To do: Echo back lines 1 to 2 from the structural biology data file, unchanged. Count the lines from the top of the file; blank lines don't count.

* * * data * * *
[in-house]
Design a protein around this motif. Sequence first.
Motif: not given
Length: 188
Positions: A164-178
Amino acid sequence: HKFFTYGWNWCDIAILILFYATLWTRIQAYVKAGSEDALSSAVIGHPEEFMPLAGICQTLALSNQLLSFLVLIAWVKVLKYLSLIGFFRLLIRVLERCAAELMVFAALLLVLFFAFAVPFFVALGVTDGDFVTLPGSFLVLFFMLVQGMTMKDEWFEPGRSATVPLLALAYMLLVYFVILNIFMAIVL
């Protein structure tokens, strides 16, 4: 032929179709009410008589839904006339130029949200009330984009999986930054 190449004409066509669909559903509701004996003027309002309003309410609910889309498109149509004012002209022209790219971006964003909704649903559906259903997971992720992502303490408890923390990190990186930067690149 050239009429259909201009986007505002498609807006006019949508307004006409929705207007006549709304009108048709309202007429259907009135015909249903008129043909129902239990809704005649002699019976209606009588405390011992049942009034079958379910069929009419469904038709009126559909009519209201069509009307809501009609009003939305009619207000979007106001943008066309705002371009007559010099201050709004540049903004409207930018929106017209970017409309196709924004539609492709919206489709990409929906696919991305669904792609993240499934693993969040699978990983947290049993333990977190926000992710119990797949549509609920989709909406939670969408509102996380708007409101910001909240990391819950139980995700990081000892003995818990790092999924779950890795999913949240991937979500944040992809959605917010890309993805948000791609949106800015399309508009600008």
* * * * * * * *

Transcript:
[in-house]
Design a protein around this motif. Sequence first.